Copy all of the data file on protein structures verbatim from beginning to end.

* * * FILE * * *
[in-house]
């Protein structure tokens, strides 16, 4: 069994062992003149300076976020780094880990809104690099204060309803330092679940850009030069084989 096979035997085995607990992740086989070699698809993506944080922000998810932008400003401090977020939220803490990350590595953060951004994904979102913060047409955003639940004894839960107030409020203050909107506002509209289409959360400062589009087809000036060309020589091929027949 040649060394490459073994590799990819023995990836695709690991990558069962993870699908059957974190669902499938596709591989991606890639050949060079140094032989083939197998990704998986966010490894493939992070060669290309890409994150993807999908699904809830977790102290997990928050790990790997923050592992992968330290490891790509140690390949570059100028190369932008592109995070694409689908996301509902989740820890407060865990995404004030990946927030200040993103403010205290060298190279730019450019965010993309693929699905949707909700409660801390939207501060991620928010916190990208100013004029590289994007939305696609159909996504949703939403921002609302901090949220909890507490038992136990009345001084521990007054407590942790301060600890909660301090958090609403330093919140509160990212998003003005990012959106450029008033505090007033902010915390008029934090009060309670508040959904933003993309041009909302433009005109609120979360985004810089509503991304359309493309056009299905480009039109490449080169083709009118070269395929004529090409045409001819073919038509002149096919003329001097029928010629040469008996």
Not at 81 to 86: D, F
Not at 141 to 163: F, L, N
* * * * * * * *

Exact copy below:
[in-house]
């Protein structure tokens, strides 16, 4: 069994062992003149300076976020780094880990809104690099204060309803330092679940850009030069084989 096979035997085995607990992740086989070699698809993506944080922000998810932008400003401090977020939220803490990350590595953060951004994904979102913060047409955003639940004894839960107030409020203050909107506002509209289409959360400062589009087809000036060309020589091929027949 040649060394490459073994590799990819023995990836695709690991990558069962993870699908059957974190669902499938596709591989991606890639050949060079140094032989083939197998990704998986966010490894493939992070060669290309890409994150993807999908699904809830977790102290997990928050790990790997923050592992992968330290490891790509140690390949570059100028190369932008592109995070694409689908996301509902989740820890407060865990995404004030990946927030200040993103403010205290060298190279730019450019965010993309693929699905949707909700409660801390939207501060991620928010916190990208100013004029590289994007939305696609159909996504949703939403921002609302901090949220909890507490038992136990009345001084521990007054407590942790301060600890909660301090958090609403330093919140509160990212998003003005990012959106450029008033505090007033902010915390008029934090009060309670508040959904933003993309041009909302433009005109609120979360985004810089509503991304359309493309056009299905480009039109490449080169083709009118070269395929004529090409045409001819073919038509002149096919003329001097029928010629040469008996």
Not at 81 to 86: D, F
Not at 141 to 163: F, L, N